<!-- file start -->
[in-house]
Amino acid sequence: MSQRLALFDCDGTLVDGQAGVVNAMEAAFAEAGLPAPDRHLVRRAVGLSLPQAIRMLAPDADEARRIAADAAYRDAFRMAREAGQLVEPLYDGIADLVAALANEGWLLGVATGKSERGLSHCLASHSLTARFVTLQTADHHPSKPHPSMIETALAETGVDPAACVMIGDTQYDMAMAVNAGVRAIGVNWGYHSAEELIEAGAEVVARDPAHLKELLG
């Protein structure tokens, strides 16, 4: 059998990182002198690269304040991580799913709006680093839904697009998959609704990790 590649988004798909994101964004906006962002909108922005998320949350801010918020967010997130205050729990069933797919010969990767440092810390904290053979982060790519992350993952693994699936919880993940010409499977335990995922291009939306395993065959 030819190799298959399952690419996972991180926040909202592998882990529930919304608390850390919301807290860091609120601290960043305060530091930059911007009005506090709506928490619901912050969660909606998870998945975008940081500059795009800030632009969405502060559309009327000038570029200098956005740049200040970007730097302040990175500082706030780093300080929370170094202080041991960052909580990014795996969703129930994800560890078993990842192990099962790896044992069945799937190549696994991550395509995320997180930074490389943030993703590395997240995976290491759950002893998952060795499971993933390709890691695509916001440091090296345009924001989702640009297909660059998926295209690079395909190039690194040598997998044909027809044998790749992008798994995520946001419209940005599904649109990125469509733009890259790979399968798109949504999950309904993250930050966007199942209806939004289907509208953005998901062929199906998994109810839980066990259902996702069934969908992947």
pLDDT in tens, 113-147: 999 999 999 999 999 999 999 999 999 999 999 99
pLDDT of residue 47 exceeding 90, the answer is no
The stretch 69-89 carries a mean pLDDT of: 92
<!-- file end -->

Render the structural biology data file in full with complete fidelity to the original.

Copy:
[in-house]
Amino acid sequence: MSQRLALFDCDGTLVDGQAGVVNAMEAAFAEAGLPAPDRHLVRRAVGLSLPQAIRMLAPDADEARRIAADAAYRDAFRMAREAGQLVEPLYDGIADLVAALANEGWLLGVATGKSERGLSHCLASHSLTARFVTLQTADHHPSKPHPSMIETALAETGVDPAACVMIGDTQYDMAMAVNAGVRAIGVNWGYHSAEELIEAGAEVVARDPAHLKELLG
């Protein structure tokens, strides 16, 4: 059998990182002198690269304040991580799913709006680093839904697009998959609704990790 590649988004798909994101964004906006962002909108922005998320949350801010918020967010997130205050729990069933797919010969990767440092810390904290053979982060790519992350993952693994699936919880993940010409499977335990995922291009939306395993065959 030819190799298959399952690419996972991180926040909202592998882990529930919304608390850390919301807290860091609120601290960043305060530091930059911007009005506090709506928490619901912050969660909606998870998945975008940081500059795009800030632009969405502060559309009327000038570029200098956005740049200040970007730097302040990175500082706030780093300080929370170094202080041991960052909580990014795996969703129930994800560890078993990842192990099962790896044992069945799937190549696994991550395509995320997180930074490389943030993703590395997240995976290491759950002893998952060795499971993933390709890691695509916001440091090296345009924001989702640009297909660059998926295209690079395909190039690194040598997998044909027809044998790749992008798994995520946001419209940005599904649109990125469509733009890259790979399968798109949504999950309904993250930050966007199942209806939004289907509208953005998901062929199906998994109810839980066990259902996702069934969908992947």
pLDDT in tens, 113-147: 999 999 999 999 999 999 999 999 999 999 999 99
pLDDT of residue 47 exceeding 90, the answer is no
The stretch 69-89 carries a mean pLDDT of: 92